The time-frame was a blow in the LYMErix campaign. But that wasn’t all. The vaccine was never tested in children, a population at high risk of developing Lyme disease. The vaccine was only proven effective against the predominant North American strain of Borrelia, not the many international subspecies of the strain, according to the The US National Library of Medicine. And it was marketed directly to patients, rather than physicians, which Ostfeld considers “quite unusual” for a vaccine. “Marketing for physicians within specific geographic regions, like the Northeast, mid-Atlantic, and Upper Midwest, would be more effective,” he said.

Nevertheless, hundreds of thousands of people were vaccinated with LYMErix. In 1999, GlaxoSmithKline earned $40 million in sales from the vaccine.

LYMErix’s plummet from grace began when in 1998, vaccinated people started to claim that they’d suffered harmful side effects from the shots, primarily arthritis. Dr. Allen Steere, who had directed clinical trials of LYMErix, had reported that some patients reported joint pain after being vaccinated earlier, shortly after clinical trials started. “A small percentage of patients have developed joint pain and arthritis following vaccination,” Dr. Steere wrote in a letter to the National Institutes of Health Researchers from both the drug agency and the disease-control centers.

According to Steere, the vaccine could “set off an autoimmune reaction in which the body’s immune system attacks its own tissue,” causing treatment-resistant arthritis, as the New York Times put it in a 2000 article.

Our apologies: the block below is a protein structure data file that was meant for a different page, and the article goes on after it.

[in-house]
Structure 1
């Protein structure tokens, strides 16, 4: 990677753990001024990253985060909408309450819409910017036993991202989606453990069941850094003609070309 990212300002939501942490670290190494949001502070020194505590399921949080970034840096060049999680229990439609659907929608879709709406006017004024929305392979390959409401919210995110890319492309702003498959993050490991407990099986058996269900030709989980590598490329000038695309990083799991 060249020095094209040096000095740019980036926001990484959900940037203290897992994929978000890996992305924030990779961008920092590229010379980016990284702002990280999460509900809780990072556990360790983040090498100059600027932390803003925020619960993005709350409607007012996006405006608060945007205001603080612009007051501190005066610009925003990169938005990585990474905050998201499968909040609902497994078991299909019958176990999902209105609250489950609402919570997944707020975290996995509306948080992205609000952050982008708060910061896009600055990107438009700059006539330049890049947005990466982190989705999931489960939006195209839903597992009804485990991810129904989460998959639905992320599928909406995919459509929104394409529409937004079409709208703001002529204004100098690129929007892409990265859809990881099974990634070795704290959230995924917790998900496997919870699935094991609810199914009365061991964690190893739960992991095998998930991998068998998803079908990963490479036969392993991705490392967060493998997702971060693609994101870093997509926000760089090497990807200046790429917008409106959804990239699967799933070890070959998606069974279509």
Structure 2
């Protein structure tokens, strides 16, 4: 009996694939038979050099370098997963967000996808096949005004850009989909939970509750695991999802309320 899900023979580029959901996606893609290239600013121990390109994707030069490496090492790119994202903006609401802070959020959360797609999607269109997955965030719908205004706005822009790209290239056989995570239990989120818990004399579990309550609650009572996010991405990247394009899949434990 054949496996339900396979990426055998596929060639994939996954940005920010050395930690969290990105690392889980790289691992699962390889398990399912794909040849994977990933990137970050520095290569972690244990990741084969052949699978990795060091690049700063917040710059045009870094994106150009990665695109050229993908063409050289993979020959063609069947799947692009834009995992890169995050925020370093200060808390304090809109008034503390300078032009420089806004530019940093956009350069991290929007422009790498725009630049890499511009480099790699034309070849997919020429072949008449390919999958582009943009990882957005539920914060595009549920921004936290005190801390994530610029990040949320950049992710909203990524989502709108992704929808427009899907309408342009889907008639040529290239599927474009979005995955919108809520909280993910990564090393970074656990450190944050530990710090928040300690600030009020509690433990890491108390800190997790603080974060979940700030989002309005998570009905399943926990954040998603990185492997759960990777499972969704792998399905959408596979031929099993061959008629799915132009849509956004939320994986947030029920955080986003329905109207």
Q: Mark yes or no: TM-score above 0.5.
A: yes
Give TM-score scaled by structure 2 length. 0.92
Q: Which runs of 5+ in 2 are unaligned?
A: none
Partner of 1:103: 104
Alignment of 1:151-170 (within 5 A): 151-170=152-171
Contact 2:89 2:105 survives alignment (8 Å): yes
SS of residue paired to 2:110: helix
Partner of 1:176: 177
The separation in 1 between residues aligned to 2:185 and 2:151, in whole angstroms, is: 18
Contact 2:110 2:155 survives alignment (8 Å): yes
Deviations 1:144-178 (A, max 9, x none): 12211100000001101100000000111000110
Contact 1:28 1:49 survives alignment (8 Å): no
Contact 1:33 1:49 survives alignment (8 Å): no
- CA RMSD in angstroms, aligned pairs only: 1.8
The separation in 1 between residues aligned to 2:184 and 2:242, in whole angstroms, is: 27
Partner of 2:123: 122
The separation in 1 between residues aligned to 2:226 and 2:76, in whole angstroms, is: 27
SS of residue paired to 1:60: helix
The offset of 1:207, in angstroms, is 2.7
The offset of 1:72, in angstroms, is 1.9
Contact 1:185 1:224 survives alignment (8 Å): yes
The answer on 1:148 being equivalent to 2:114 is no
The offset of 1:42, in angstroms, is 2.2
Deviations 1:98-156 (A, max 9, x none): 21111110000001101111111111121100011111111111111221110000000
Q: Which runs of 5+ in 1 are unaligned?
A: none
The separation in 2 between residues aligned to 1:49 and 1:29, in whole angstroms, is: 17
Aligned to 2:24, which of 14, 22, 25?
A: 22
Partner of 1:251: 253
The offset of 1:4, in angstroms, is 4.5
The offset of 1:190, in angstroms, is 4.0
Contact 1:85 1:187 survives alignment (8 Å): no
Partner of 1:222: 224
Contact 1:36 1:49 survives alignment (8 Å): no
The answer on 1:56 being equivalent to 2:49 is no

Some Lyme disease activists thought that the vaccine could actually cause the disease, rather than prevent it.

The FDA and CDC launched an investigation into reports of arthritis or other symptoms of Lyme disease after vaccination, in Delaware, New Jersey, Pennsylvania, Connecticut, New York, Massachusetts and Wisconsin, the New York Times reported.

In 1999, about 350 people who claimed the vaccination’s side effects made them ill sued GlaxoSmithKline for damages in a class-action lawsuit, according to a 2002 Philadelphia Inquirer article. The plaintiffs hoped to force GlaxoSmithKline to warn doctors and patients of the vaccine’s risks, especially for those genetically predisposed to autoimmune arthritis and who have been infected with Lyme before.

In 2002, GlaxoSmithKline withdrew the vaccine from the market, blaming financial factors. “The demand for Lymerix is simply not there,” spokeswoman Ramona Dubose said in a New York Times article.

However, the Centers for Disease Control and Prevention recently reviewed 905 cases of possible “adverse” reactions reported to the government between December 1998 and July 2000 and found no proof the medicine caused arthritis or other side effects, the Inquirer article reported.

Are Lyme vaccines a good idea?

Many experts would consider a safe and effective Lyme disease vaccine “essential,” Ostfeld says.

But there are questions as to whether such a vaccine would do more harm than good.

For example, such vaccines could change the way people view tick bites—for the worse.

“I do continue to worry that any Lyme vaccine could potentially increase risk of other tick-borne diseases,” Ostfeld said, “if vaccine recipients relax their vigilance against ticks because they think tick bites no longer matter.”

Regardless, Foranda said she would have most likely tried out the Lymerix vaccine if presented with the opportunity.

“Why not give it a chance?”